The inductees will be announced on a televised one-hour special on NFL Network at 6 p.m. Central Feb. 5, live from North Texas, where the Super Bowl will be played the following day. Will the Vikings' roll into Canton continue. First Randall McDaniel. Then John Randle. Now C.C.?

MONDAY NOTES

  • The Vikings are quite well represented at the Hall of Fame despite never winning a Super Bowl title. A total of 15 Hall of Famers have some connection to the Vikings – some finishing out their Hall of Fame careers with the Vikings and others who made their names as cornerstones of the franchise. The 15 are Dave Casper, Carl Eller, Jim Finks, Bud Grant, Paul Krause, Jim Langer, Randall McDaniel, Hugh McElhenny, Warren Moon, Alan Page, John Randle, Jan Stenerud, Fran Tarkenton, Ron Yary and Gary Zimmerman.

  • Given the perception of the personality factor in the Hall of Fame induction, one has to wonder what will happen when players like Marvin Harrison, Randy Moss and Terrell Owens are up for induction. If dominating their position for years is the top priority, all three should be first-ballot picks. But, given the history of the selection process, one has to wonder if their wait will be longer than it should be?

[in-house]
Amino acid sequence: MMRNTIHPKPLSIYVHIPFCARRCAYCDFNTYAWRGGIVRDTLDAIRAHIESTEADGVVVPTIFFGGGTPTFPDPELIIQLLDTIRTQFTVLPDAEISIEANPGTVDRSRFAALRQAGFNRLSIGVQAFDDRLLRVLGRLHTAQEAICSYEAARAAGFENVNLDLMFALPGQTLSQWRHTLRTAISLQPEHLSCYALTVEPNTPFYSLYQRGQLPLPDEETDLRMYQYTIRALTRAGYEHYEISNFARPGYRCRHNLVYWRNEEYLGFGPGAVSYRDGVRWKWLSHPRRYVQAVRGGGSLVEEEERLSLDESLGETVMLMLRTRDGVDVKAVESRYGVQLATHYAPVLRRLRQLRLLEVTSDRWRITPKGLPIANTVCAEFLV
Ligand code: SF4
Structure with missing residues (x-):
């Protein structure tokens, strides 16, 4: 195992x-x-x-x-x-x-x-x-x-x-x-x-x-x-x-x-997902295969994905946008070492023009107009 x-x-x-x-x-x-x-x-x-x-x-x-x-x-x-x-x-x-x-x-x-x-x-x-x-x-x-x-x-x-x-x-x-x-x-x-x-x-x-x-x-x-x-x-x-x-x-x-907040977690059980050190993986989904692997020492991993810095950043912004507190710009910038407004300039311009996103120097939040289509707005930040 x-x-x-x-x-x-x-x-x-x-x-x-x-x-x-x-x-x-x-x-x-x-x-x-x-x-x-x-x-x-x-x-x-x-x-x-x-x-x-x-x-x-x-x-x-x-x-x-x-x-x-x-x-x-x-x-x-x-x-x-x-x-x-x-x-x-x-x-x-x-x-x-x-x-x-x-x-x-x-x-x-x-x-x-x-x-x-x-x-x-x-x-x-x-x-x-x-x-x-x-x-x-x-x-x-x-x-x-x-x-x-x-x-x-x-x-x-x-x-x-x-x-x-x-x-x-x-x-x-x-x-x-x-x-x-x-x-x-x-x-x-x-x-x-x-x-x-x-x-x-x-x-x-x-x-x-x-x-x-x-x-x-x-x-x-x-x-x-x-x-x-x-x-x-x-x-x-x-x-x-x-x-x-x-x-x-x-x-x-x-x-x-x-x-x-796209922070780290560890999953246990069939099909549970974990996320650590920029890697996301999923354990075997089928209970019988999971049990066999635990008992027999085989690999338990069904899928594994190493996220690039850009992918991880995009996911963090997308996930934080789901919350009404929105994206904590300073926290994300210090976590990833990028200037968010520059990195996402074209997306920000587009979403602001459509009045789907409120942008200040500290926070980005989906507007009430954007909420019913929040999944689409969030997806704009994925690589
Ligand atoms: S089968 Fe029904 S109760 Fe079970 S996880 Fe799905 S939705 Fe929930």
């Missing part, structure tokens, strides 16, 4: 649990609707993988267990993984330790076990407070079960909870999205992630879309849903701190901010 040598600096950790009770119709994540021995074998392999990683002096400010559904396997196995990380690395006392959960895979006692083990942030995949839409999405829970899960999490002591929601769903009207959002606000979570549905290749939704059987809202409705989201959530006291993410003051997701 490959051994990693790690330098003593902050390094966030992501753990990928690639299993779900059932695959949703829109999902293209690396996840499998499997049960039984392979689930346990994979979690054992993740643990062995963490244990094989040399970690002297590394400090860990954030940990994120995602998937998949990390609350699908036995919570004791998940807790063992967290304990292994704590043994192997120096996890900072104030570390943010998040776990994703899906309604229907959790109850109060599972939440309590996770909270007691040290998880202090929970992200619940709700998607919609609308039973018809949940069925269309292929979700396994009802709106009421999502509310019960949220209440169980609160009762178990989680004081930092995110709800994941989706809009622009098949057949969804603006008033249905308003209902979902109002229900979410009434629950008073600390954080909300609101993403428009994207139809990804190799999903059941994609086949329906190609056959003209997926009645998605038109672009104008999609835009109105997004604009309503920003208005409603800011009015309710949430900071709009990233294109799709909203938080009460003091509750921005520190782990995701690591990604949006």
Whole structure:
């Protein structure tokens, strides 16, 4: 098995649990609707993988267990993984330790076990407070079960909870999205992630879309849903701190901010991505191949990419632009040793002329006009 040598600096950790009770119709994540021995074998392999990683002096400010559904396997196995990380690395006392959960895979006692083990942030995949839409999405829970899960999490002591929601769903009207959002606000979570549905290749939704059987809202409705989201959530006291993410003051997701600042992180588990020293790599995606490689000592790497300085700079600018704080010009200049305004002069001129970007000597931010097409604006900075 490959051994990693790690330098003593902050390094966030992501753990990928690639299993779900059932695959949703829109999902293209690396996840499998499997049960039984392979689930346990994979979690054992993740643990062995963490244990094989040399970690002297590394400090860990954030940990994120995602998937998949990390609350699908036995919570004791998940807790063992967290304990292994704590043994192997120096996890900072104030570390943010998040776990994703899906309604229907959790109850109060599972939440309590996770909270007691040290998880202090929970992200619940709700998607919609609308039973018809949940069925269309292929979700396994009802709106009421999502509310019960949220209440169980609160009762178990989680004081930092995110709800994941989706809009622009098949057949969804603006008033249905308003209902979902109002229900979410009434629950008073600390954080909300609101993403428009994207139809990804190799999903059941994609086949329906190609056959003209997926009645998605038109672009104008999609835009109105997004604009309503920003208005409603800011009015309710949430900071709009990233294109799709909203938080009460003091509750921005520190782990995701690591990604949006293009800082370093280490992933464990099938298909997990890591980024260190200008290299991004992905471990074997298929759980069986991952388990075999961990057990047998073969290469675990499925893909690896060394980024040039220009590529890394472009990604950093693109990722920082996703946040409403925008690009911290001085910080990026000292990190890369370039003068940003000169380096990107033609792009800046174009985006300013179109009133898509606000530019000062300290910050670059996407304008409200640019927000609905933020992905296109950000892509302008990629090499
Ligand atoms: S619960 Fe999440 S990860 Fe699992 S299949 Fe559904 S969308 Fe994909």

• Josh McDaniels is surfacing as a potential offensive coordinator in a couple of different spots. His name has surfaced a logical contender to replace Charlie Weis in Kansas City. Weis is going to the University of Florida to be closer to his family. McDaniels' name has also surfaced as a potential replacement for Dan Henning in Miami.

  • No matter how you look at the McDaniels visit in Minnesota last weekend, it seems clear that the team is looking to replace Darrell Bevell and, in the process, most likely scrap the West Coast offense.

  • Rumors continue to persist that former 49ers head coach Mike Singletary will be hired as the Vikings linebackers coach. Singletary and head coach Leslie Frazier remain close friends from back in their playing days with the Chicago Bears.